Ottawa Stories and Tips

Bus Bus Get on the Bus!

One of the great things about living in Canada's capital city is the decent bus system. Here are a few tips to help you plan your way around Ottawa by bus. Boy, do I wish I had known some of these things before I moved to Ottawa!


Bus fares reflect the fact that OC Transpo offers a number of different services to riders. The bus fares changed on July 1, 2004. Most buses which visitors travel on require normal fare: Children 5 and under ride for free; Children (aged 6-11) $1.35 or 1 bus ticket; Adults $2.60 or 2 bus tickets. Express routes are more expensive and run either in the city of Ottawa or to the rural areas during the weekday rush hours only. You will be able to figure out which buses these are because they display a bright green fare sign in the front window -- you can't miss it. City Express Buses: $3.75 or 3 tickets; Rural Express Buses: $4.75 or 4 tickets.

If you use cash, please have the exact fare ready as the bus drivers do not provide change. Annoying, yes, but that's the way it is. Each bus posts a fare sign in the front window so you can always check to make sure you have the correct fare before getting on. 'The Ticket', which you can use in lieu of cash, are a great deal: they are 90 cents each, much cheaper than paying cash - a regular adult fare costs only $1.80 when using 'The Ticket'. Therefore, I highly recommend using 'The Ticket'. You can purchase 'The Ticket' at a number of places around Ottawa including OC Transpo offices. I usually get mine at the OC Transpo office at the Rideau Shopping Centre right downtown (one of the main transit system transfer points). This is probably the most convenient place for visitors to purchase 'The Ticket' as it is close to a number of museums, hotels, and the Market.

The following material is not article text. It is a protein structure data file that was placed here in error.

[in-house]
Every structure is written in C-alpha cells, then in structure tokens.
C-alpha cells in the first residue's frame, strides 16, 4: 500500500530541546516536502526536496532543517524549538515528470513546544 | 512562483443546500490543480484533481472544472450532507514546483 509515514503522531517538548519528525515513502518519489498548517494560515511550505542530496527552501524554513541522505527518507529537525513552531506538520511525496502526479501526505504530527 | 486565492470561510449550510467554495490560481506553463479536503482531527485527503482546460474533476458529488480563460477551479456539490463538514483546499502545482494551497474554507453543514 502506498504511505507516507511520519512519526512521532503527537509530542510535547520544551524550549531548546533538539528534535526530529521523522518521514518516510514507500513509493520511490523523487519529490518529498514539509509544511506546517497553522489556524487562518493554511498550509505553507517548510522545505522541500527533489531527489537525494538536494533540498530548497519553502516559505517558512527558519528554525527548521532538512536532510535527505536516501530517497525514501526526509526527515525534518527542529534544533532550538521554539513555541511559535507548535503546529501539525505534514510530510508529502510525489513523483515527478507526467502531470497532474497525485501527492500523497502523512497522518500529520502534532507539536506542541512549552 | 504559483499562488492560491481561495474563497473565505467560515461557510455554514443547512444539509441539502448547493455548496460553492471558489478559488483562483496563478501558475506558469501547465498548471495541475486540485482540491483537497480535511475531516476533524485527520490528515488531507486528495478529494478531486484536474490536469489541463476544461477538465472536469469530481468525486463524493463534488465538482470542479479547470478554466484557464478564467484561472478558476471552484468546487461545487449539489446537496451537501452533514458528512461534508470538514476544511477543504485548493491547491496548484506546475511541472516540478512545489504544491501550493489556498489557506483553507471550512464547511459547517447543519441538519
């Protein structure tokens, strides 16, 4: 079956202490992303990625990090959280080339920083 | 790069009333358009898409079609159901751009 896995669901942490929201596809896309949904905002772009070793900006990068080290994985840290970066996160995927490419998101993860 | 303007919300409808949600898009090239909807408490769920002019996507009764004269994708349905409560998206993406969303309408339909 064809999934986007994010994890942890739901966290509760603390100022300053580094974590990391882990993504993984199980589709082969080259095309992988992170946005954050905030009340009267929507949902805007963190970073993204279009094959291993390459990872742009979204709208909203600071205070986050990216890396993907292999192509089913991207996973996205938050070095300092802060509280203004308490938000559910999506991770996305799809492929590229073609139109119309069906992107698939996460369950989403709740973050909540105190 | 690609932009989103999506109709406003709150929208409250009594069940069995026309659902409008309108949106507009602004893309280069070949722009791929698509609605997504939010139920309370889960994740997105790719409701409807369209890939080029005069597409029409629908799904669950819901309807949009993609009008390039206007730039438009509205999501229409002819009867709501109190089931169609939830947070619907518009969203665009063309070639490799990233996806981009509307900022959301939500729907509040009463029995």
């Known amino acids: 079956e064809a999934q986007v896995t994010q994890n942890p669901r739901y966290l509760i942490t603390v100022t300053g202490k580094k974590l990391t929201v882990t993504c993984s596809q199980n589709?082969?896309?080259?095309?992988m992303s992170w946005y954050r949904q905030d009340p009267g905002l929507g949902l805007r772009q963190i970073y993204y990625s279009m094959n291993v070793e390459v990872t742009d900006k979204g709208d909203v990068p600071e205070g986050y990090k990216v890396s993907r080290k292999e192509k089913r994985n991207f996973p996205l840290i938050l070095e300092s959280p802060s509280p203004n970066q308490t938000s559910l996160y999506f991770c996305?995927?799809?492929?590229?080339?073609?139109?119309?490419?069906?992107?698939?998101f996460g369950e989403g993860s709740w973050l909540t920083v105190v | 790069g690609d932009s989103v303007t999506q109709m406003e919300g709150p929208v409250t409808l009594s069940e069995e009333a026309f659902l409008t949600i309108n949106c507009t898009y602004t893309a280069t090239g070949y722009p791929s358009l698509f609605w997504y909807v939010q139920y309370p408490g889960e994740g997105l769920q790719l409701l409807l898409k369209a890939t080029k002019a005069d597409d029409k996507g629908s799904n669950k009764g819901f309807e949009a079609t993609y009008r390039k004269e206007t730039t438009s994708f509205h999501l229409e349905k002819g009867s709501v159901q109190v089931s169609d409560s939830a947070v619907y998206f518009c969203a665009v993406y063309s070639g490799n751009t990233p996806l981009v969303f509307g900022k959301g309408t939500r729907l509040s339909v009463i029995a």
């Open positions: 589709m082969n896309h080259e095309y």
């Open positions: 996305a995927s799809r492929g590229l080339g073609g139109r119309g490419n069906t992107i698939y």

Bus Passes can also be a good deal if you are travelling with a family. You can purchase a Day Pass at one of the many vendors (check the website for locations) or on the bus. A Day Pass allows you individually or as a family (2 adults and up to 4 children aged 11 and under) to ride the bus system all day without worrying about the correct change or where you put those blasted Tickets! If you pre-buy a Day Pass at one of the OC Transpo locations it will cost $6. If you buy it on the bus it costs $6.50.